I don't get the impression that many people visit the Arthog Standing Stones, which is a shame because they're rather splendid. I'd certainly recommend a detour if you're in the area.


Directions

The walk to the Arthog Standing Stones is pleasant, but a bit convoluted. From the road (SH648138) head west through the white metal gate and along the track. Keep going to the point where a pretty little stone footbridge crosses the river. Cross here, and once over on the other side of the river keep heading east (diverging from the well trodden path to Pant-Phylip). Continue along the north bank of the river following a muddy rutted track. Where the track crosses back across the river at a ford, the footpath heads north through a gate (held shut with bailing twine). Go through this gate and follow the perimeter of the field north (this is pretty steep). The field perimeter curves around to the east (great views to the west), and if you keep going you'll arrive at the stones which are in the far corner of the field.

Waen Bant — Fieldnotes

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Visited 24th November 2002: Waen Bant is easy to find, but if you want to park nearby you'll have to risk putting at least two wheels on the grass (something I thought twice about because I didn't fancy getting stuck).

There's no public footpath to Waen Bant, but it's not far from the road, and there are no fences between the road and the stone. We approached from the bottom of the field, and got a good view of the stone sitting on it's little lump of land in front of us as we walked.

The stone isn't as big as it looks in photos (I'm warning you now so that you don't expect something enormous). At a guess (based on William's height) I'd say it's about 1.75 metres high. There's a distinctive undercut on it's eastern side which is about half the stone's height in length. I'm not sure that this is artificial, but I'm certain it was significant to whoever erected the stone.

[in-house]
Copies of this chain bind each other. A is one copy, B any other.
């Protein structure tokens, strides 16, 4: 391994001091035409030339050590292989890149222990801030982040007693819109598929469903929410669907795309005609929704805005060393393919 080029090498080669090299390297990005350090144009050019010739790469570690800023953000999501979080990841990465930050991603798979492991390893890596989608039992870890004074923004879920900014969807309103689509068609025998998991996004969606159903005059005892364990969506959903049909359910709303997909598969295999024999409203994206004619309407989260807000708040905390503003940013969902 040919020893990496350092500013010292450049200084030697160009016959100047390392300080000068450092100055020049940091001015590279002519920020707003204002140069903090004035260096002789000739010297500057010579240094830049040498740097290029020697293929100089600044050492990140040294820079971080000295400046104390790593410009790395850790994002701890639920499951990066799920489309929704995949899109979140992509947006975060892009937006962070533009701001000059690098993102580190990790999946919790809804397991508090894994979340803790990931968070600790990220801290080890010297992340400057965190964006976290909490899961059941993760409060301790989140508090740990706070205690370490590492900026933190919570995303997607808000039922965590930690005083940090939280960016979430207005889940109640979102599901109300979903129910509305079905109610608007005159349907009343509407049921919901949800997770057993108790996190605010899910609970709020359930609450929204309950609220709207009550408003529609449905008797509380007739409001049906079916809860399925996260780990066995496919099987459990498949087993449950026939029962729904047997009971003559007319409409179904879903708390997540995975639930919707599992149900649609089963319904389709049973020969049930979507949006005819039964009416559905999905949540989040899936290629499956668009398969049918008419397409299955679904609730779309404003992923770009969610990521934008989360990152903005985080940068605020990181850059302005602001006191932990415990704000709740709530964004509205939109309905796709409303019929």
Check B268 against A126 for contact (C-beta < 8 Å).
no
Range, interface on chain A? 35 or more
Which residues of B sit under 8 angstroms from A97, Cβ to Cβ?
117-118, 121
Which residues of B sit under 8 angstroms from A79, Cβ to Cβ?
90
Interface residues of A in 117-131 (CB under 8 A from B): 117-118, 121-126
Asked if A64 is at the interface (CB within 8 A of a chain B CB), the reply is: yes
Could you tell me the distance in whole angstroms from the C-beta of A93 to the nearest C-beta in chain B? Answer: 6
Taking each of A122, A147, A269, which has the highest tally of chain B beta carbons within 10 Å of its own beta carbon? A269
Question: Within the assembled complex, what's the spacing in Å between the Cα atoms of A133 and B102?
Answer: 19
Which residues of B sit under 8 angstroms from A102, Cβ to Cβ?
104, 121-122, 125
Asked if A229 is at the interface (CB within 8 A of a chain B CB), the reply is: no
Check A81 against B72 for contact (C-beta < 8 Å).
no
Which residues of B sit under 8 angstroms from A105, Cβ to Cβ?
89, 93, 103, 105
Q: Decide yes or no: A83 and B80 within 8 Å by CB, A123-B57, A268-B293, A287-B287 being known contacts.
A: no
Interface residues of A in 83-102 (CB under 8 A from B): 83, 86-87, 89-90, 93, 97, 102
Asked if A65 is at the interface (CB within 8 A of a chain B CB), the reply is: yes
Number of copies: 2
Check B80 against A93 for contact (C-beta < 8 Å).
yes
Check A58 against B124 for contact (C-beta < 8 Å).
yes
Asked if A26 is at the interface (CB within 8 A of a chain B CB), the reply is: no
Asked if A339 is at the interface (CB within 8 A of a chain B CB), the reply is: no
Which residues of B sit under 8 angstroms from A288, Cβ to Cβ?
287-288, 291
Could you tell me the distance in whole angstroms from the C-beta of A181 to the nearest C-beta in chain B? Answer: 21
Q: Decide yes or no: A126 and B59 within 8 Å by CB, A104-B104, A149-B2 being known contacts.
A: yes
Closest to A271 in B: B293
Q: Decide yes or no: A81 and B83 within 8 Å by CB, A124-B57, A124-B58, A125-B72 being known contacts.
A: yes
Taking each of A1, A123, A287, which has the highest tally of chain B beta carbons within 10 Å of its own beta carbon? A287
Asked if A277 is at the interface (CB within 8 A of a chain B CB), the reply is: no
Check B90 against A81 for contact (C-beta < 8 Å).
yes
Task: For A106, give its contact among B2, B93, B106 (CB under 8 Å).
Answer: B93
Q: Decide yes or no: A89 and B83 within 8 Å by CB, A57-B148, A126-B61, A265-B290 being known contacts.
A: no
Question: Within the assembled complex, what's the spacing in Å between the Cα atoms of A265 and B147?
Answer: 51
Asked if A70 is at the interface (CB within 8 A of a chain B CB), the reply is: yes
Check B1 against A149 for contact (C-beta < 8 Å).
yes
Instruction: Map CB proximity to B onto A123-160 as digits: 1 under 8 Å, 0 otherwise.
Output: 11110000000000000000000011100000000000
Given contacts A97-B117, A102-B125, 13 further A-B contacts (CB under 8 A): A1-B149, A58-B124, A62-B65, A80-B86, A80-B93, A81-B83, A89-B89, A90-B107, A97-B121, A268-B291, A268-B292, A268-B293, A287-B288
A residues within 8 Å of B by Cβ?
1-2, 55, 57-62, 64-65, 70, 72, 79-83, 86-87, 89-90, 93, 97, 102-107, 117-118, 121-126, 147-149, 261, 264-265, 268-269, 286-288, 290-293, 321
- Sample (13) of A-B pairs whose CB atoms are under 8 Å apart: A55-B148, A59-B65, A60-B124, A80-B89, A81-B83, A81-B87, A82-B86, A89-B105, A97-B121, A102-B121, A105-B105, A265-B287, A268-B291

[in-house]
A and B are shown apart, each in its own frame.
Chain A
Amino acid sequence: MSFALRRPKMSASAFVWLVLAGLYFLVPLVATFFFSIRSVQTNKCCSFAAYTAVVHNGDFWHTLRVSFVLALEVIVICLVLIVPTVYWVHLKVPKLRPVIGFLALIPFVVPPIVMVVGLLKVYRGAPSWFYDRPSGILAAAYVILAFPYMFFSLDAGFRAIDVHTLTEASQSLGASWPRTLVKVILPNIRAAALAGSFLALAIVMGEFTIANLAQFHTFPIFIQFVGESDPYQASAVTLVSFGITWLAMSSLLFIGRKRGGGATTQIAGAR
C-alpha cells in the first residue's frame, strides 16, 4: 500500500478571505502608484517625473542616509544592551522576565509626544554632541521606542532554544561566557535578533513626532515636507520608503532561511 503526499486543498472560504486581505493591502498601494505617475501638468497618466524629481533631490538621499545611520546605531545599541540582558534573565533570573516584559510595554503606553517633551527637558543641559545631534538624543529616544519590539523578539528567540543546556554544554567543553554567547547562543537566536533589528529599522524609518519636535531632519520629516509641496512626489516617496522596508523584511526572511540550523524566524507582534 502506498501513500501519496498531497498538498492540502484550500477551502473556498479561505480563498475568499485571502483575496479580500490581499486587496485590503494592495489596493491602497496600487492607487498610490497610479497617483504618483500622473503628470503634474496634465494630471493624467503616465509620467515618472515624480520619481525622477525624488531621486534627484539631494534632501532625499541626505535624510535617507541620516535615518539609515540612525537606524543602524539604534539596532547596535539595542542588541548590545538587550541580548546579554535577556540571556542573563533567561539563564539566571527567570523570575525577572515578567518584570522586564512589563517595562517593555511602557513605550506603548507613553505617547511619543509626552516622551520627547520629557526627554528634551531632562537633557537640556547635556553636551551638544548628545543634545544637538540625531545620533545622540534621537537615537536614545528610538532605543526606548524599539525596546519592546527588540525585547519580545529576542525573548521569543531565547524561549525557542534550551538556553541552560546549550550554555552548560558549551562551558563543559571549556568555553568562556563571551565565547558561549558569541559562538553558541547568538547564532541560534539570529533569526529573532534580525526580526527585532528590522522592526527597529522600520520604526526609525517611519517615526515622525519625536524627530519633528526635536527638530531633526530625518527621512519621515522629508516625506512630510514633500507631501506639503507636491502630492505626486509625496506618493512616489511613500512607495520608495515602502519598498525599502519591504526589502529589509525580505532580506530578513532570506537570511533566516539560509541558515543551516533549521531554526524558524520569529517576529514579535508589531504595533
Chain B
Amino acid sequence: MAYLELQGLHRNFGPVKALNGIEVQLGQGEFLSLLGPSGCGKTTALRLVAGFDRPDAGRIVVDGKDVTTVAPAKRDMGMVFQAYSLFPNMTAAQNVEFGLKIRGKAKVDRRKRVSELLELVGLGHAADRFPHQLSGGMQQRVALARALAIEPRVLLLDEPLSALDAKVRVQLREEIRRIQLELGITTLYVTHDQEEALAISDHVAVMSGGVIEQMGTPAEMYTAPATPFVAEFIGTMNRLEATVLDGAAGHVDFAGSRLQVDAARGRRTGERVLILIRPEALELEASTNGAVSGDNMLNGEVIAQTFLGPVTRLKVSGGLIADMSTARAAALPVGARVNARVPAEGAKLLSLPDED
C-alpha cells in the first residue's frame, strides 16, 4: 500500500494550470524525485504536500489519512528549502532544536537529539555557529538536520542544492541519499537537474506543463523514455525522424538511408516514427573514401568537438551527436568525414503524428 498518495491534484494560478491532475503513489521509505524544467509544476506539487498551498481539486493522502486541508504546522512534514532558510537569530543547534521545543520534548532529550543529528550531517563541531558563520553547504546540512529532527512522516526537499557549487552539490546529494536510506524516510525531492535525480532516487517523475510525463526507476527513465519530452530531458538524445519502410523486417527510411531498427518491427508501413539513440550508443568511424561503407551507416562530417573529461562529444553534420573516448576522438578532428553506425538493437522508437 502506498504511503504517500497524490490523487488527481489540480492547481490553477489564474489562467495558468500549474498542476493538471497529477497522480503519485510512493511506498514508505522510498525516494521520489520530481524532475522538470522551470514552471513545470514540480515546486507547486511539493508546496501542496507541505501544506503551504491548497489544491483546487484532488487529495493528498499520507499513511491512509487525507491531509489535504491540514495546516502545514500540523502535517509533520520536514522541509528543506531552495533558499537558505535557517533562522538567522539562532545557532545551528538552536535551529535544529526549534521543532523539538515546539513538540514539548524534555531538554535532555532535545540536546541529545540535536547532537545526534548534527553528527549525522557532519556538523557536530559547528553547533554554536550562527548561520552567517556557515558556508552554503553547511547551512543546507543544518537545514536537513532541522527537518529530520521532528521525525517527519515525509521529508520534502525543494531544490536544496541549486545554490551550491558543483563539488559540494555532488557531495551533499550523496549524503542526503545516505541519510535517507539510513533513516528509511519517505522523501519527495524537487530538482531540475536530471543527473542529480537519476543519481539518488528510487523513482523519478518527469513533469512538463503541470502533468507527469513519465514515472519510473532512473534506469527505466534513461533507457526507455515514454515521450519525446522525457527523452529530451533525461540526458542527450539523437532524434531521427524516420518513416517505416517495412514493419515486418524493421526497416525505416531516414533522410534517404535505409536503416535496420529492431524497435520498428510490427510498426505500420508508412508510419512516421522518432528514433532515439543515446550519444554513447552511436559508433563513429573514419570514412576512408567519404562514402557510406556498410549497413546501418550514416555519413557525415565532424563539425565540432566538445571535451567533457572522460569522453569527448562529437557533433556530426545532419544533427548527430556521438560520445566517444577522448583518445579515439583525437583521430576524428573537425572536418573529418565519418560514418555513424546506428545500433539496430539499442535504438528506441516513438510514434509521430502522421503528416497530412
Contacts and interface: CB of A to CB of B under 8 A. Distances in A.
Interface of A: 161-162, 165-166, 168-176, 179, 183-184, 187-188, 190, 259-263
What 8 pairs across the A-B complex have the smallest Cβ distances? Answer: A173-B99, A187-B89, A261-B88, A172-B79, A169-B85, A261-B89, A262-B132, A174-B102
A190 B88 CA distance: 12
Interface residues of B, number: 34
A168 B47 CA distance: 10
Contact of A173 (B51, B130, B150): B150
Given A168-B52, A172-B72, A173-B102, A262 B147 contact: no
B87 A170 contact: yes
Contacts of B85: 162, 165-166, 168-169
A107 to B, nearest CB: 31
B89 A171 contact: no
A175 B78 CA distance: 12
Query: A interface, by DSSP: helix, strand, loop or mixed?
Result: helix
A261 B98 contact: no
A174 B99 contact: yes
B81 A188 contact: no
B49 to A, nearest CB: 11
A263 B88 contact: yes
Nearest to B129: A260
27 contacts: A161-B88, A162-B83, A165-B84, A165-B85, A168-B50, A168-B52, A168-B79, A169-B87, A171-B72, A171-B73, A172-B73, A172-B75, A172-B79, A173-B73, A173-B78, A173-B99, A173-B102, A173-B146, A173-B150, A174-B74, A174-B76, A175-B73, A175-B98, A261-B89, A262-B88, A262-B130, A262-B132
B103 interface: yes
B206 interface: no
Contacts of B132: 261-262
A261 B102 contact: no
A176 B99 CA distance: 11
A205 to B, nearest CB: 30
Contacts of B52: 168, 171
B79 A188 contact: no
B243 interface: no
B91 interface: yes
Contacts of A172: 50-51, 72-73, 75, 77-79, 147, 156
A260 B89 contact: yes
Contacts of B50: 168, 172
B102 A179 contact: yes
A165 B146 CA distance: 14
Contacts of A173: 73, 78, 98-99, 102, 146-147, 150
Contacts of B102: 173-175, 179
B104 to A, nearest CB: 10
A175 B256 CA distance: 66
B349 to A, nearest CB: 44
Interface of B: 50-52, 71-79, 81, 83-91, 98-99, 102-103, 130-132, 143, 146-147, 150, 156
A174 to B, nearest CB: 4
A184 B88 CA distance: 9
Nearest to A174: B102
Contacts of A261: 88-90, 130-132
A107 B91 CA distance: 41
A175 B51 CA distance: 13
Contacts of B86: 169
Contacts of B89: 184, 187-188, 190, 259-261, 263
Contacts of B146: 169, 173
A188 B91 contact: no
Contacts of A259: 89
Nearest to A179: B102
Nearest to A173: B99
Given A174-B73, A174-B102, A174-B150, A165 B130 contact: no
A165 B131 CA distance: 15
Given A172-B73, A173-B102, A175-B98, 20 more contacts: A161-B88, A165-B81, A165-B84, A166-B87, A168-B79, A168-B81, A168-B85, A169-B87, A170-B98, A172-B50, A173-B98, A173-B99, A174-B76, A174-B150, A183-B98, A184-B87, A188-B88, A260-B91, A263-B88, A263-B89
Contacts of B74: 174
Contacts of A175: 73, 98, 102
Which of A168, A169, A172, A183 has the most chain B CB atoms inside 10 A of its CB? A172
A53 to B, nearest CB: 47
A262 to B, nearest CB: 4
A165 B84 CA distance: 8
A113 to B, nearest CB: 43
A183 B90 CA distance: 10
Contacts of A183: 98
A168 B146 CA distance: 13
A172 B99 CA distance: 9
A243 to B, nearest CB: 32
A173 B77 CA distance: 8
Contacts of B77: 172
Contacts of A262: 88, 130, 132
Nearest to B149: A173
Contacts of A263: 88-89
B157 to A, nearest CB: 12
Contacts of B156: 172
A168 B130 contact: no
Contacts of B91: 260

The views out towards Cadair Idris are spectacular, as are the views north towards the mountains on the other side of the Mawddach Estuary. The stone seems to be orientated towards Cadair Idris (specifically the peak called Craig-las). Apparently there's another standing stone to the south east of Waun Bant called the Afon Arthog Stone, but this isn't marked on the OS map, so in the failing light we decided not to try and find it.

Carreg y Big (Arthog) — Fieldnotes

27.11.02ce
Visited 24th November 2002: We drove to Carreg y Big from Waen Bant, and spotted it from the gate (one of many that cross the roads around here). The stone is very close to the road, positioned at the bottom of a small elongated lump of hill on the south west shore of the southerly of the two lakes. The only nearby parking space has a sign next to it saying "Parking for Fishermen Only". We ignored this and parked.

Carreg y Big is just over two metres high (I'm basing this on the photo of Lou standing next to it), so definitely larger than Waen Bant. We both liked it more than Waun Bant, but not just because it's larger. The surrounding countryside is spectacular, and while we were there the sun made a last attempt at shining, so the whole scene was something special.

Next to Carreg y Big is a much smaller stone which I have yet to find any reference to. It reminded me of a little stone called Castell Coch near the Buwch a'r Llo standing stones in Ceredigion. I was tempted to name this little stone Carreg y Small, but that would be a horrible thing to do with the Welsh language. I'll have to come up with something better.

Bryn Seward Stones — Fieldnotes

13.12.02ce